On March 18, I decided to give the Metropolitan Opera's "Fridays Under 40" a go, enticing me as they did with the promise of an intimate interview with Met Opera costume specialists. Fridays Under 40 is a social gathering hosted by the Met for patrons under the age of 40 to meet and mingle. The instant I walked in I was drawn to the person wearing the immaculate violet dress pictured above. I learned this person was Justin Vivian Bond, a celebrated transgender performance artist, who would conduct the ensuing interview with Robert Bulla, Assistant Head of Costumes. After enjoying my complimentary flute of Prosecco and chatting with new acquaintances, among whom was Yuka, a stylish and gregarious milliner, I made my way into a swanky room to listen to the interview.
Robert Bulla (pictured above) has worked at the Met for 16 years. He explained that the violet dress (also pictured above) Justin Vivian Bond was wearing that night was worn by Renée Fleming in Der Rosenkavalier, and it took 150 hours to make. Its style is meant to form a silhouette rather than enhance the natural body. First, came the artist sketch, followed by a fitting which ultimately reveals what is destined to remain of the artist's original idea. Met costumes are made to last, and they are constructed so that they can be worn by various singers and body types over the span of multiple productions. The final costume will essentially give a nod to the designer's intent, but above all, it must be comfortable and practical enough for the performer to move and sing in it.
Once a costume is "retired" from the Met, it is usually donated to TDF (Theatre Development Fund), which will in turn rent it to nonprofits for little or no money. Some costumes are kept and archived for posterity, however. Since the next Rosenkavalier will be set in the 1920-30s, this violet dress will be retired.
The Met employs internationally acclaimed artists and painters to make their costumes - William Ivey Long, Prada, Isaac Mizrahi, to name just a few. The goal now is to find a balance between casting someone based on how they look in a role and how they sound in a role. Sometimes, in order to enhance a female figure, the costume team will add lines or spray to contour a body and create the illusion of curve in the torso. Male singers, on the other hand, sometimes even wear corsets to "breathe against" while performing.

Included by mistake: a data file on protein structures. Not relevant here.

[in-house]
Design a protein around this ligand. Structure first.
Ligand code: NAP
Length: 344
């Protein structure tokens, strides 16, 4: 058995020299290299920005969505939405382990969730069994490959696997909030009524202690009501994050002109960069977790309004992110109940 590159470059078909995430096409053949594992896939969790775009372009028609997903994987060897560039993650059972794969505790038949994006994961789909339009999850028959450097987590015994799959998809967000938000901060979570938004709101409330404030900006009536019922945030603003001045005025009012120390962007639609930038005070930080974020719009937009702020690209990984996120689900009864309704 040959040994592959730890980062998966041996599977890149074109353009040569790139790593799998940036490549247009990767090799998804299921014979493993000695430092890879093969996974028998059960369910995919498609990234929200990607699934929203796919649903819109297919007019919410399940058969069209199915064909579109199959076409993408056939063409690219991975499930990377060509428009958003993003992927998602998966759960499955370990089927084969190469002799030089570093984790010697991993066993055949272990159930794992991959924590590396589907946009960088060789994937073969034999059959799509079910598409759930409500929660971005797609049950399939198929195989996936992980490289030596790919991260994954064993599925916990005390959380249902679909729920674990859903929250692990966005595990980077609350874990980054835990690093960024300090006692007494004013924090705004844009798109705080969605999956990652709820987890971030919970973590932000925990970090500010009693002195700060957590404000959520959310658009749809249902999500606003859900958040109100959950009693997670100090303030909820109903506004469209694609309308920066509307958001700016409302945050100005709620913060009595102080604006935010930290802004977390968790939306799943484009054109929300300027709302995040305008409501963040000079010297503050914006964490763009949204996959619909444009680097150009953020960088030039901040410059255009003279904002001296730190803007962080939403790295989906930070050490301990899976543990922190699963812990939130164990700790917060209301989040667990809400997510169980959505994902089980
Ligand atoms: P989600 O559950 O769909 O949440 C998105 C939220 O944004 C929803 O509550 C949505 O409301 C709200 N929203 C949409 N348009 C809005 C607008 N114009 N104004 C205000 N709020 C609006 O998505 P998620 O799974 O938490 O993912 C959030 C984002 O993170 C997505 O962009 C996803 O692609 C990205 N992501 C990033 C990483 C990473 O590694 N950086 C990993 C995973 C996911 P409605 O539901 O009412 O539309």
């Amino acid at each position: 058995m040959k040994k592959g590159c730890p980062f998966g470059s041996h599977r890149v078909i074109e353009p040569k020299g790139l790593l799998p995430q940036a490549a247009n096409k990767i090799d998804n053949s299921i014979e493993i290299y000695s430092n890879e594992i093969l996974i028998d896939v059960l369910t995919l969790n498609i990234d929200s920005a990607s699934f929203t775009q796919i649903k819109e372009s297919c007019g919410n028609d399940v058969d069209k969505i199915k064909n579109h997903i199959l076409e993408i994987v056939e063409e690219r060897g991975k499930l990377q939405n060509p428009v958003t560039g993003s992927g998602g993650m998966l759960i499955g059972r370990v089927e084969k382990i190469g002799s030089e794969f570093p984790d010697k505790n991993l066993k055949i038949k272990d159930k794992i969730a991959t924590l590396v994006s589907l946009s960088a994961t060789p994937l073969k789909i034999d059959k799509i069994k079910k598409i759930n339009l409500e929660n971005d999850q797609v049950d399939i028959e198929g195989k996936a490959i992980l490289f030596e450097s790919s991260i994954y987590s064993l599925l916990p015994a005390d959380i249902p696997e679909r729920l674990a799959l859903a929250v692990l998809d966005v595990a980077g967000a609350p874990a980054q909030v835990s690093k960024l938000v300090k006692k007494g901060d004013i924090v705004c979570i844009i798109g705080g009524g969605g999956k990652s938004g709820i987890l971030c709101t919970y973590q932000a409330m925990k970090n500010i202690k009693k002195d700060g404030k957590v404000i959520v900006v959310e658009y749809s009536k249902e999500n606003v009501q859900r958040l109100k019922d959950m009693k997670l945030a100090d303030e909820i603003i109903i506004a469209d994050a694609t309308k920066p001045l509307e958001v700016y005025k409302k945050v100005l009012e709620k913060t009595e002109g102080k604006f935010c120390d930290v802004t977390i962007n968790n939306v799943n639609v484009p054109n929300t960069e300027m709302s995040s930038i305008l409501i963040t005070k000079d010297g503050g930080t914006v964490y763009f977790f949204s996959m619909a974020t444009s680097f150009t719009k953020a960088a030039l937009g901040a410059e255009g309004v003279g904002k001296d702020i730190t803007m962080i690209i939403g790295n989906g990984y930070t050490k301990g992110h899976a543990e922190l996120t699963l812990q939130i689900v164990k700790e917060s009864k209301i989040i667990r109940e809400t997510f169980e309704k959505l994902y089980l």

The Met interviews their performers before making costumes and wigs in order to garner ideas about the singers' vision for their characters. According to Bulla, the costume department tries never to say "no," but to instead find a way around something. For instance, did you know singers don't usually like hats around their ears and will often take them off as soon as they get on stage? -- I witnessed this phenomenon various times that very night during Don Pasquale, but somehow had never noticed it before. The hat Justin was wearing for the Rosenkavalier dress is "singer friendly" because it is rather small and does not go near the ears.
The interview was fun and engaging, with Justin Vivian entertaining us all with her quick wit and probing questions. Robert Bulla was a charm to meet and speak with. He divulged that the costume department's budget fluctuates for each production, because every show is different and has its own demands. Consequently, there is no "average costume budget" for a show at the Met. After the interview, I made my way to the Grand Tier for a night of Donizetti's Don Pasquale.
And now on to the show: Donizetti's Don Pasquale premiered in 1843. Of the composer's 65 completed operas, it stands as one of his enduring comedies. It's about an old man, Pasquale, who in order to disinherit his nephew, wants to force him to marry a woman of Pasquale's choosing, and ends up himself marrying a young woman who he believes to be a modest, quiet creature. Alas, Pasquale is caught in a trap, for unbeknownst to him, his new wife is actually his nephew's clever love interest in disguise, who begins spending all his money and driving him crazy. Ultimately, the two young lovers succeed in getting Pasquale to accept their love, and he blesses their intention to marry each other. Pasquale discovers his marriage to Norina was fraudulent, and he comes to the conclusion that marriage is best suited for the young rather than for old, foolish men.
Apart from its vibrant bel canto writing, Don Pasquale made novel use of string rather than traditional harpsichord accompaniment in the recitatives. On March 18th, 2016, I saw Maurizio Benini conduct Otto Schenk's production, with Ambrogio Maestri playing Pasquale, Alexey Lavrov as Malatesta, Javier Camarena as Ernesto, and Eleonora Buratto as Norina. Comically, all the actors did their jobs well, but Ambrogio Maestri's big, bumbling Pasquale stood out as memorable. Javier Camarena's sweet tenor voice was especially loved by the audience, and he was even called back to do an encore - something I have never seen before at the Met. This performance was the last one of the season, and Alexey Lavrov and Maestri also performed an encore of their Act III duet.
My favorite line of the night was Norina's: "Husbands are meant to be seen, not heard," which drew out ample laughs from everyone - but especially the attached women in the house. Buratto did a charming representation of a witty, self-assured seductress. Her first-act aria was quite entrancing, as she slipped on pink thigh high stockings while singing about Norina's ability to enchant men.
This comedy left everyone in a light-hearted mood. The cast and orchestra received a long, standing ovation.